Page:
Donald Trump has “expressed regret” in private over Thursday’s concession video, and said he will not resign, the New York Times has reported.
The newspaper did not provide any sources, and did not clarify the “resignation” comment, and whether it meant Trump would not be pressured into resigning by Democrats calling for the invoking of the 25th Amendment of the Constitution and threatening to impeach him before he leaves his post on 20 January, or if the president has supposedly changed his mind about vacating the White House altogether.
Shortly before being permanently banned on Twitter on Friday, Trump announced that he would not be attending Joe Biden’s inauguration.
On Thursday, after spending months contesting the results of the November election, Trump confirmed that “a new administration will be inaugurated on January 20,” and said his focus will be to ensure “a smooth, orderly and seamless transition.” Democrats in the House and Senate want him gone before then, and have drafted articles of impeachment.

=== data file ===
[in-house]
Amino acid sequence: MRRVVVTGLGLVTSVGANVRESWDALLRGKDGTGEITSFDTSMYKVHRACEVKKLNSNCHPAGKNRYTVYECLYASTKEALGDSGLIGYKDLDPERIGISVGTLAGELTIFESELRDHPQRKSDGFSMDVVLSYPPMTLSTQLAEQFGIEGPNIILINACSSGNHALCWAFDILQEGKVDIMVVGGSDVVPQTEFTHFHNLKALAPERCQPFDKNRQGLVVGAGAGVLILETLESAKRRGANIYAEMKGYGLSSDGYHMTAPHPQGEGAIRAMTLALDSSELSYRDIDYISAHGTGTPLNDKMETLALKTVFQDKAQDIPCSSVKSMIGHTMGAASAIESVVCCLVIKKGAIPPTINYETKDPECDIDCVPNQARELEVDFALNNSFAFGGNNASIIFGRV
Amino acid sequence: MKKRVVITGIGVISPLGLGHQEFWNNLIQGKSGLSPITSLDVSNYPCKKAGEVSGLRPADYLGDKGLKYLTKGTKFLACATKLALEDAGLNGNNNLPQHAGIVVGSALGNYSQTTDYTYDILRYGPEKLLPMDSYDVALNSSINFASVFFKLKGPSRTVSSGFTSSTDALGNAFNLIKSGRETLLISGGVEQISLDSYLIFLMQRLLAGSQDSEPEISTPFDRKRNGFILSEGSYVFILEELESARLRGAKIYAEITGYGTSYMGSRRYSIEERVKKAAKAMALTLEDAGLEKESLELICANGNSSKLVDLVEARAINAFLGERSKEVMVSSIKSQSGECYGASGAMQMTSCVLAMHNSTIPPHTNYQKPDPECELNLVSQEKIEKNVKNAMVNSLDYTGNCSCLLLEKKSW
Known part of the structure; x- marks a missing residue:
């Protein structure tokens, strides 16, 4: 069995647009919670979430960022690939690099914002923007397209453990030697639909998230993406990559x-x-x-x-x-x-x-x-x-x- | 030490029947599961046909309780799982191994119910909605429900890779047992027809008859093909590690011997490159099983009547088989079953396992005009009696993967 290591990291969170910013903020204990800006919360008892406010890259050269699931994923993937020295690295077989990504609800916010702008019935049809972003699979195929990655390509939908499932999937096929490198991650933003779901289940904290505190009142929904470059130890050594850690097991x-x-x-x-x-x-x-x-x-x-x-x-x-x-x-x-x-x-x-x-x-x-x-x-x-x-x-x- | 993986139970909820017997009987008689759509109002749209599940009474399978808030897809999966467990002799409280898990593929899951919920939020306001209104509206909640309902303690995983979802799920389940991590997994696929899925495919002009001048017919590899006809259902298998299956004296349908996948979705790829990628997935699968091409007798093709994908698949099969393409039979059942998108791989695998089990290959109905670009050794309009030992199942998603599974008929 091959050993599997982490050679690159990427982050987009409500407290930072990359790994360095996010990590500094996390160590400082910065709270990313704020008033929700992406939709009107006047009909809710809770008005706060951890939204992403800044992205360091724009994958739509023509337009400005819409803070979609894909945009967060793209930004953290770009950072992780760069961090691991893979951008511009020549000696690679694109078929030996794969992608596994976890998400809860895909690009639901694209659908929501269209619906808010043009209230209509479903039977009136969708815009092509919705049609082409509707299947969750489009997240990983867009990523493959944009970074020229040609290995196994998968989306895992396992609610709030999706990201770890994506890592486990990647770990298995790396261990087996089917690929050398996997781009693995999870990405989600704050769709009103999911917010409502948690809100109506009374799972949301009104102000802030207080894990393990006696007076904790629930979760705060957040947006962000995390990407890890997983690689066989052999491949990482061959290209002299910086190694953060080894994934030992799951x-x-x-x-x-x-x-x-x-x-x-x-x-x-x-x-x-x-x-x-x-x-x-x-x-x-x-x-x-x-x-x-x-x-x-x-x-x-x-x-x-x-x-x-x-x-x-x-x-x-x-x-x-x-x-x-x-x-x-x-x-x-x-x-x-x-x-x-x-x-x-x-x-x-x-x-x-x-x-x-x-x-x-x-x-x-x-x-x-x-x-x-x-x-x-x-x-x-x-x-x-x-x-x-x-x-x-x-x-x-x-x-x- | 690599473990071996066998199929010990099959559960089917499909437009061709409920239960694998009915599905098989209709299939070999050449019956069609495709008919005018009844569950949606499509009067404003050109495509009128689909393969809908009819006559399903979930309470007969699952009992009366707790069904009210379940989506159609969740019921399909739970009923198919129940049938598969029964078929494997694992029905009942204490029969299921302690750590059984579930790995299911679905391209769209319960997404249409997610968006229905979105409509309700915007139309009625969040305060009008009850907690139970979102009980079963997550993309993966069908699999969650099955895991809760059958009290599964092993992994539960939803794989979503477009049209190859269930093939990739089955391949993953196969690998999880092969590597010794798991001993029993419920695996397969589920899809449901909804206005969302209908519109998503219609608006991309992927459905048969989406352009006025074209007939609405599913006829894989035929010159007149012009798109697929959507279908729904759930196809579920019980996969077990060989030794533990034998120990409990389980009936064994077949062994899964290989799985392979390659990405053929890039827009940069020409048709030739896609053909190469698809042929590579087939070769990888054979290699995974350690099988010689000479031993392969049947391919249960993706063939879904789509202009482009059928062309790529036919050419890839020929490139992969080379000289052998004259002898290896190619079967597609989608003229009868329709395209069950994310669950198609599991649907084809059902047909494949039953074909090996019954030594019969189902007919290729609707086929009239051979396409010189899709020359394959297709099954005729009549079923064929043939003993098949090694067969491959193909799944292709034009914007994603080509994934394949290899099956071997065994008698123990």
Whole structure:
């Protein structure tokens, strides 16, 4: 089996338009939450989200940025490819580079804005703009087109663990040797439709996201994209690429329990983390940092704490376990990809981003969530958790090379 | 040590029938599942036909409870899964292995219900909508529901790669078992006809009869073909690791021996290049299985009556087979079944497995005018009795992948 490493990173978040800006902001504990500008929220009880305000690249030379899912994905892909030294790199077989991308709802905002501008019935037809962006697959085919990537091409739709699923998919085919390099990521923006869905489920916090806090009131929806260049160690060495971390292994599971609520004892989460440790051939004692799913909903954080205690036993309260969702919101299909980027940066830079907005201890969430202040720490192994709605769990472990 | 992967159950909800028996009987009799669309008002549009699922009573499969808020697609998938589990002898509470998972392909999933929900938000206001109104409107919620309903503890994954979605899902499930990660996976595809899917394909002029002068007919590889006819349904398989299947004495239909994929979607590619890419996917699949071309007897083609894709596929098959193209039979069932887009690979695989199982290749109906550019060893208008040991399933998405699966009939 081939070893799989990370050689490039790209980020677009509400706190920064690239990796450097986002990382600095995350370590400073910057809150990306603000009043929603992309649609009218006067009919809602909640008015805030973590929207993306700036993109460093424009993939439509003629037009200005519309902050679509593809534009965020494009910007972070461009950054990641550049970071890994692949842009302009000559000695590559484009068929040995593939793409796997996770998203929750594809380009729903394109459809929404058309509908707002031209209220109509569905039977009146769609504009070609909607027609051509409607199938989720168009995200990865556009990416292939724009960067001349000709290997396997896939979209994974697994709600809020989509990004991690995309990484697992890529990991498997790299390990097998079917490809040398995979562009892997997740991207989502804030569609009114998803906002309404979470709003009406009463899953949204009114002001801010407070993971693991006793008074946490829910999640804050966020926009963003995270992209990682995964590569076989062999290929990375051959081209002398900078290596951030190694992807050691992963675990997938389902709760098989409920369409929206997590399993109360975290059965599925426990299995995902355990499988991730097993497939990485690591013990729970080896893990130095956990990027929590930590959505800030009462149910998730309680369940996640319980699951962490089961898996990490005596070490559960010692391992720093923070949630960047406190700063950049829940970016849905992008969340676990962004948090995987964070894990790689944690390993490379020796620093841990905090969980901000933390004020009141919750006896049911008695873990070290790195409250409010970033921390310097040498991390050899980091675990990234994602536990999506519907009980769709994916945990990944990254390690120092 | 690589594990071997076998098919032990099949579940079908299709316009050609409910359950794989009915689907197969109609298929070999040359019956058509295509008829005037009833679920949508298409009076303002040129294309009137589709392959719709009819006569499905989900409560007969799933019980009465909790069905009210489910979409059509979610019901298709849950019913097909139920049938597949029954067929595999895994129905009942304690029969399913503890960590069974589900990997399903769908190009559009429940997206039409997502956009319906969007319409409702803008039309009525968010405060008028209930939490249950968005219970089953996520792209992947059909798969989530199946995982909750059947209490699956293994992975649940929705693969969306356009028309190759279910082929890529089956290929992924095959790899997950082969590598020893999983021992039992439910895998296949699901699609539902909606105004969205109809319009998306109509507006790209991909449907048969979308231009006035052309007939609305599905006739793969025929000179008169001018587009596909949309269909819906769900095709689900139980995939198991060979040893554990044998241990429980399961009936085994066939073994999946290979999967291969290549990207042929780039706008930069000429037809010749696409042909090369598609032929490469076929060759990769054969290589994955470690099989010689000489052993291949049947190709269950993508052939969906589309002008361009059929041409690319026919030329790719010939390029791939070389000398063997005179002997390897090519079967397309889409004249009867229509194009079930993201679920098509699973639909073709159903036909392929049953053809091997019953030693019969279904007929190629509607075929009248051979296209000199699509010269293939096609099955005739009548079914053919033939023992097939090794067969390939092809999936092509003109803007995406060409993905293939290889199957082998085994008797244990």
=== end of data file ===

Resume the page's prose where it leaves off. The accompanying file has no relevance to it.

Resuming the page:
Democratic lawmakers led by House Speaker Nancy Pelosi and Senate Minority Leader Chuck Schumer have demanded Trump’s “immediate” resignation, accusing him of inciting Wednesday’s attack on the Capitol by angry supporters and threatening him with “incitement to insurrection” impeachment charges.
Tweets from Trump’s now deleted account showed that he called on protesters to “go home with love and in peace” on Wednesday and demanded that they “stay peaceful!”
Republican lawmakers have warned the Democrats not to move forward with impeachment proceedings, saying the move threatens to “divide our country more” in the wake of a bitter election and Wednesday’s violence at the Capitol. A December NPR/PBS NewsHour poll found that just 24 percent of Republicans accepted the results of November’s election, with 28 percent of independents similarly expressing distrust in the official numbers.
In America’s 244 year history, none of the three presidents successfully impeached by the House have been convicted by the Senate, with a conviction requiring two-thirds support by the legislative body.